In 1690, Captain Leather of Belfast, Ireland, found himself shipwrecked on the Isle of Man. Before he had the chance to investigate the condition and whereabouts of his surviving crew, several residents of the island broke the sad news that he had lost 13 men. They knew this, they said, because they had witnessed 13 corpse candles floating from the beach to the church graveyard. Sure enough, the captain soon learned that this death toll was absolutely accurate.
Although "corpse candles" - also known as dead men's lights and fetch-lights - appear in the folklore of cultures throughout the world, these tales were most abundant in Wales, Ireland and Scotland. Most frequently, these eerie blue lights marked the location of the bodies of drowning victims. In other instances, they foretold a shipwreck. Sometimes, much like the fabled and equally deadly Sirens, they appeared on the shoreline to deceive ships into crashing into rocky shorelines.
Both sailors and landlubbers have witnessed corpse candles. In Penrose in Cornwall, on the southwestern tip of England, townspeople in the 18th century swore to seeing corpse candles resting near the the graves of an unfortunate ship's crew, all of whom had drowned at sea. Later, in the 19th century, London nurses reported terrifying flames emitting from the mouths of dying patients.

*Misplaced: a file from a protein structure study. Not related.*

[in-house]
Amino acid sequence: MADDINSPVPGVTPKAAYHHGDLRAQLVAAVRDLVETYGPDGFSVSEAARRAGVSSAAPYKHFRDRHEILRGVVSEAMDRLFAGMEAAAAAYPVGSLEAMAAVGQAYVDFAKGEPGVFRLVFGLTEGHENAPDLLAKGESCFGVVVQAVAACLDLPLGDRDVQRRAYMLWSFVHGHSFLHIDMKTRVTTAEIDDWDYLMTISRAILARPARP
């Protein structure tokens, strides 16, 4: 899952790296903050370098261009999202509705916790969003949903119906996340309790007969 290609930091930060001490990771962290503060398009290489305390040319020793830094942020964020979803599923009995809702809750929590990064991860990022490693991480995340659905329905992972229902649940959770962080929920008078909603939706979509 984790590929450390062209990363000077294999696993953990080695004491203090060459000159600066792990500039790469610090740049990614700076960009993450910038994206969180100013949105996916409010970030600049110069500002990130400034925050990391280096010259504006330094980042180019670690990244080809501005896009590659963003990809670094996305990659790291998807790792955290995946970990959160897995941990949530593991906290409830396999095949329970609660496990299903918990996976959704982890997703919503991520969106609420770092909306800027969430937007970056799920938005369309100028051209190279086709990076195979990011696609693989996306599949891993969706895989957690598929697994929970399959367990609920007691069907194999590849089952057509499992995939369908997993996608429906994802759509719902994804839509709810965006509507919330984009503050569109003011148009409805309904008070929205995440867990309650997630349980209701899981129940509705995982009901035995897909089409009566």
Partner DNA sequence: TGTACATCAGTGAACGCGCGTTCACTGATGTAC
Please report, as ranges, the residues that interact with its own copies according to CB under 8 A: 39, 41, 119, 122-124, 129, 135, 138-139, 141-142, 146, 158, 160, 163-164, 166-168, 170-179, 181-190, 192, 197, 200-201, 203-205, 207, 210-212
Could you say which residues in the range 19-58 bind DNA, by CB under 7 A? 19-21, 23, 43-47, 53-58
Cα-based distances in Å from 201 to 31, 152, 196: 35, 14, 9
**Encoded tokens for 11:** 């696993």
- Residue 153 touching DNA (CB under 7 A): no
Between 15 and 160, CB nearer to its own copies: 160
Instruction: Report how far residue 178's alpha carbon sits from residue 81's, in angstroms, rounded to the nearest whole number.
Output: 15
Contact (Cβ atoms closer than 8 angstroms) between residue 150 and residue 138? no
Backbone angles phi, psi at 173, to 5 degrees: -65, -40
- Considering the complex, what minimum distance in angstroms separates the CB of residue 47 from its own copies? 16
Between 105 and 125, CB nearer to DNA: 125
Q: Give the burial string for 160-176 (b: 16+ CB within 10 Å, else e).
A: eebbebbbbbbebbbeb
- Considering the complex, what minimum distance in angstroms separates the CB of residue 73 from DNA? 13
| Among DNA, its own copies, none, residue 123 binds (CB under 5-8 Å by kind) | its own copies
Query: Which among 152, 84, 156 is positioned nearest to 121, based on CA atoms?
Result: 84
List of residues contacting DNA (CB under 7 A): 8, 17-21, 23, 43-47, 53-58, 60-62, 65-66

In addition to foretelling tragedy, these spectral lights have been credited with solving crimes. Scottish ballads tell of corpse candles floating on the surface of pools of water in which murder victims had been tossed. But perhaps the most interesting of these kinds of revenge tales occurred in that country in the early 1800s. A weaver near Edinburgh took on a journeyman assistant. Shortly after hiring the new man, however, the weaver disappeared. When asked, the assistant explained that his master was on an extended trip, but would be returning in a few months. This seemed to satisfy curious customers. But one evening, two men were riding by the weaver's shop when they were startled by a large corpse candle glowing beside the cottage. They called the sheriff who commanded his officers to dig upon the spot of the light. Sure enough, the weaver's body was found in a shallow grave, prompting the journeyman to confess to the murder.
So what are corpse candles? Are they really the spirits of drowned sailors, or victims of violence seeking justice? Modern scientists believe the answer is far from supernatural. When an unembalmed human body decomposes, bacteria produces a phosphorescent glow. Even wounds of living persons can glow because of bacteria. During the Civil War, many soldiers wounded at the Battle of Shiloh reported this phenomenon.
Yet, while this might explain the lights seen on or near burial places - how do scientists explain the floating corpse candles witnessed by the residents of the Isle of Man...?